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MGM Resorts narrows second-quarter net loss, grows revenues

MGM Resorts International narrowed its second-quarter net loss but improved revenues companywide, which included a 3.4 percent hike from customer spending on the Strip.

The results gave Wall Street renewed hope of a potential casino market turnaround.

The casino operator, which controls 10 Strip resorts, said it lost $92.9 million, or 19 cents a share, in the quarter that ended June 30. A year ago, MGM Resorts said it lost $145.5 million, or 30 cents.

Analysts surveyed by FactSet Research were expecting profit of 1 cent a share.

Companywide revenues increased 6.8 percent to $2.48 billion. On the Strip, where MGM Resorts’ operations include the MGM Grand, Bellagio, Mandalay Bay and the CityCenter complex, overall revenues grew 3.4 percent to $1.25 billion.

“These results are better than some of the most recent buy-side expectations going into today,” JP Morgan gaming analyst Joe Greff told investors.

Analysts were fearful of a steep drop by MGM Resorts after Nevada released gaming revenue figures on Friday showing a more than 10 percent decline in Strip gaming revenues June.

MGM Resorts Chairman Jim Murren said the company’s Strip properties experienced increased spending from consumers in nongaming areas, such as hotel rooms, restaurants, shows and shopping.

On the Strip, MGM Resorts said it saw a 7 percent increase in casino revenues and a 5 percent increase in hotel revenues during the quarter.

“Strip is on a positive pace,” Murren told analysts during a conference call.

CityCenter’s net revenues declined 1 percent to $280 million in the quarter, due in part to Aria’s table game hold percentage declining more than 3 percentage points. Aria’s revenue per available room, a nontraditional reporting figure, increased 4 percent to $194 per room.

MGM Resorts executives were upbeat about CityCenter.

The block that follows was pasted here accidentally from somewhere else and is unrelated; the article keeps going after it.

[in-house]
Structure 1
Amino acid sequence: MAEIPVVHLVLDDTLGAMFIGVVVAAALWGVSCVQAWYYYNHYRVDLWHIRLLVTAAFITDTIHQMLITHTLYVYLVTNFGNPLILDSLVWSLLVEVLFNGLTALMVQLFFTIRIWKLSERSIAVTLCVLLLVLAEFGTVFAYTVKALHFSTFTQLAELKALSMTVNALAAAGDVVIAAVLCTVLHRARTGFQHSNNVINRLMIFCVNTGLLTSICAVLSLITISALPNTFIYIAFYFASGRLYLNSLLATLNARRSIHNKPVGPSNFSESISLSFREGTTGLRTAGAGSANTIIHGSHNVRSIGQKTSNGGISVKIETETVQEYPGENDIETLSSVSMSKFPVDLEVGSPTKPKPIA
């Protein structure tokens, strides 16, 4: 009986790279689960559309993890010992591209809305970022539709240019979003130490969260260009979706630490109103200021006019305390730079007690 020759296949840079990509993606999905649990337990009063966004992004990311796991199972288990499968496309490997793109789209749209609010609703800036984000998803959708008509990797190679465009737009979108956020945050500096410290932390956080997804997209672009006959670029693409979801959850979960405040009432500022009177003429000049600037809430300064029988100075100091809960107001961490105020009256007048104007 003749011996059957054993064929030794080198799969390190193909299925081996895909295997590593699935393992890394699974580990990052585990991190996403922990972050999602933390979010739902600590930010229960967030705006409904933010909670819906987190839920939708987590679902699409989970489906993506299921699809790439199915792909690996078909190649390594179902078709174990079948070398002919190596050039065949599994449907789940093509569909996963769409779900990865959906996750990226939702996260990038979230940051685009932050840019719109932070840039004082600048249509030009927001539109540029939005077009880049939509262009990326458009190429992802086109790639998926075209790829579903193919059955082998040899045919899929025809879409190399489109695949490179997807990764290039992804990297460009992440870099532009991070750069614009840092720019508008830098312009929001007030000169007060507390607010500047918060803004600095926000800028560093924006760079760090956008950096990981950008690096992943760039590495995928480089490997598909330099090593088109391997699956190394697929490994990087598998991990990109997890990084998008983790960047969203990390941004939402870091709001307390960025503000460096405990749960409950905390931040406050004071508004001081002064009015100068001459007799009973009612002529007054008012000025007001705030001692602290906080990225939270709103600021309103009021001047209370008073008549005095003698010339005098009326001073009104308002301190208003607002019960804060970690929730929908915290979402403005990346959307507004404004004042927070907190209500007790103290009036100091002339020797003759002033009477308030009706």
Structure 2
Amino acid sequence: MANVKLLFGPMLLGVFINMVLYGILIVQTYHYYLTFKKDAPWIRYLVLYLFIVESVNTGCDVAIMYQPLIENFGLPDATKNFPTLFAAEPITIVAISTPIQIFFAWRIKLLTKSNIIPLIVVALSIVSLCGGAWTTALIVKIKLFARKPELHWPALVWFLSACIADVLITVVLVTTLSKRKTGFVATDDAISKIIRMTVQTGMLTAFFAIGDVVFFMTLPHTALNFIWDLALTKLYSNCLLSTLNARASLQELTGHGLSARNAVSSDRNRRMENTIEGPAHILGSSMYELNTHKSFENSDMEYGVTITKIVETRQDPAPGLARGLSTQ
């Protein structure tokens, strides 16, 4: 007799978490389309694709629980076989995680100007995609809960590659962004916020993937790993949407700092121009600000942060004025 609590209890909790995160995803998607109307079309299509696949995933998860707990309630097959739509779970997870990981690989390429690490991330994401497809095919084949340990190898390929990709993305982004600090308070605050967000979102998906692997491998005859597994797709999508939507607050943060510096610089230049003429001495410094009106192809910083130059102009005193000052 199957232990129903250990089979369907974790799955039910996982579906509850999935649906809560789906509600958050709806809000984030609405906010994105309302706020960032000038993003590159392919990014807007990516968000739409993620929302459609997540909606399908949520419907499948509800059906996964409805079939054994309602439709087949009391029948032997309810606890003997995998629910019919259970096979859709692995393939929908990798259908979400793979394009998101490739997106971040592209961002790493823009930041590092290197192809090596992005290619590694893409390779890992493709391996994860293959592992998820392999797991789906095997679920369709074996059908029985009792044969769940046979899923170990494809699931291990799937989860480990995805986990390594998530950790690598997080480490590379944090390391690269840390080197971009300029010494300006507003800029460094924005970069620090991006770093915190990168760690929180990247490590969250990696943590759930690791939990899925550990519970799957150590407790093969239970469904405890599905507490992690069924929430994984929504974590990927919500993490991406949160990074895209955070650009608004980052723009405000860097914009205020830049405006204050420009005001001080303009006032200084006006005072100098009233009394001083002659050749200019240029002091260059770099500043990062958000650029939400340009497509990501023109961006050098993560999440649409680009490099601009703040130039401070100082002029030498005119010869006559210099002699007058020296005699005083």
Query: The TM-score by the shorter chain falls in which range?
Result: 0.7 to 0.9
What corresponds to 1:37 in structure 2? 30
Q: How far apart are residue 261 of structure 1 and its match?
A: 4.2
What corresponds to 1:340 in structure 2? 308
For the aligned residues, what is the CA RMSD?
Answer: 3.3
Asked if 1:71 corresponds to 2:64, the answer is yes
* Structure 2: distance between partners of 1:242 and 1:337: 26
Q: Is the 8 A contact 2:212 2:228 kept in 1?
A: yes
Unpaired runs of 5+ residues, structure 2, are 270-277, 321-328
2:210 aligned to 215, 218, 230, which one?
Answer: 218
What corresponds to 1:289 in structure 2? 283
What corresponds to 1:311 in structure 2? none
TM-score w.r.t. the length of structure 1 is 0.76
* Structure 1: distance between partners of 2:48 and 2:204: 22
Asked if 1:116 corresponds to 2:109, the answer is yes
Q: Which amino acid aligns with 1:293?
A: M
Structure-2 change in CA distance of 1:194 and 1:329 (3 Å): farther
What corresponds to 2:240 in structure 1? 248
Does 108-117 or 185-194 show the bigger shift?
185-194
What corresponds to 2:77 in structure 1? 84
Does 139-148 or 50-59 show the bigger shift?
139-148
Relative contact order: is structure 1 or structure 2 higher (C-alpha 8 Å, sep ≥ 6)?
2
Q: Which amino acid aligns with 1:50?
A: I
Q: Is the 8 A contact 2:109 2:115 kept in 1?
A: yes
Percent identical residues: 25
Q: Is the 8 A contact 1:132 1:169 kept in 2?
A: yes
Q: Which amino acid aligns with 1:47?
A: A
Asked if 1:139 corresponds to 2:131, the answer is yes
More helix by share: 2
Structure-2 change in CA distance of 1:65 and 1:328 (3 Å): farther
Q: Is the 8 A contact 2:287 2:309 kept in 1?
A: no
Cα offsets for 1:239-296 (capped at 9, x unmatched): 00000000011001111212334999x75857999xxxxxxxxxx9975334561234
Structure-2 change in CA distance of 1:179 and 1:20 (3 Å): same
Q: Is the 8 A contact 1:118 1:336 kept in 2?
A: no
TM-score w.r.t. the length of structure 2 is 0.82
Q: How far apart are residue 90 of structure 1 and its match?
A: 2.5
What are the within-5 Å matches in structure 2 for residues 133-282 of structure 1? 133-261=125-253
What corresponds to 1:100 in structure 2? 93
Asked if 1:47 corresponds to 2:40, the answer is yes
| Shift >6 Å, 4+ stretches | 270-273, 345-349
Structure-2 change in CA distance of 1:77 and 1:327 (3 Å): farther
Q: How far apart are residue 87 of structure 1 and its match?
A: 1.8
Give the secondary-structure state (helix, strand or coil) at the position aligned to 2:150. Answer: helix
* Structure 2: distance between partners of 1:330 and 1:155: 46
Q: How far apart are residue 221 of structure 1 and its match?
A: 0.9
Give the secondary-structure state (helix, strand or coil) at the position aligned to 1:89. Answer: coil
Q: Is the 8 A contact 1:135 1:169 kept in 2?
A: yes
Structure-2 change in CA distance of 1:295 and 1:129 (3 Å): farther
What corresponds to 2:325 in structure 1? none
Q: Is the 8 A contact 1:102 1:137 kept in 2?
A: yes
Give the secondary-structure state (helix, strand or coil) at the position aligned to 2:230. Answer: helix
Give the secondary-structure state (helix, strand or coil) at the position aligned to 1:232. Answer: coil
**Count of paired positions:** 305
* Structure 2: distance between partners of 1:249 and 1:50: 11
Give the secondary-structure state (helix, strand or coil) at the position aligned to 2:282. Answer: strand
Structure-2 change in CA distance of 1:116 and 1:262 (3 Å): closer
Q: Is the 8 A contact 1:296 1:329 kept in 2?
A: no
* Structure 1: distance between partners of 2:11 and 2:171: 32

Sales of residential units in Veer Tower and the Mandarin Oriental have improved and there is interest from potential buyers of the Crystals retail component. Murren said the company has fielded “three or four inquiries” about selling Crystals.

“The value of Crystals is high to us,” Murren said. “I can’t say what will happen.”

The company’s property in Macau, the MGM Grand Macau, grew revenues almost 18 percent to $835.1 million.

MGM China, the company traded on the Hong Kong Stock Exchange which runs the company’s holdings in Macau, declared a special dividend of $113 million, payable in early September. MGM Resorts owns 51 percent of MGM China and will collect $57 million of the dividend. MGM China has returned $312 million to MGM Resorts tis year.

MGM Resorts also disclosed new details of the under-construction $2.6 billion MGM Cotai, which is expected to open in 2016. The property will have an atrium area “three times the size of the Bellagio” and other entertainment venues,” Murren said.

MGM Resorts said the quarter included a noncash impairment charge of $37 million related to the company’s joint venture investment in an Illinois riverboat casino. MGM Resorts also recorded an impairment charge of $45 million related to corporate buildings that will be removed to make way for the company’s planned $350 million arena development on the Strip.

“We are pleased with MGM’s second-quarter results on the Strip, particularly as slot revenues increased 7 percent year-over-year,” Credit Suisse gaming analyst Joel Simkins told investors. “In our view, property-level investments and other initiatives are starting to pay off for MGM as the portfolio appears well-positioned into second half and 2014.”

Shares of MGM Resorts closed at $16.91 on the New York Stock Exchange, up 36 cents or 2.18 percent.

Contact reporter Howard Stutz at hstutz@reviewjournal.com or 702-477-3871. Follow @howardstutz on Twitter.

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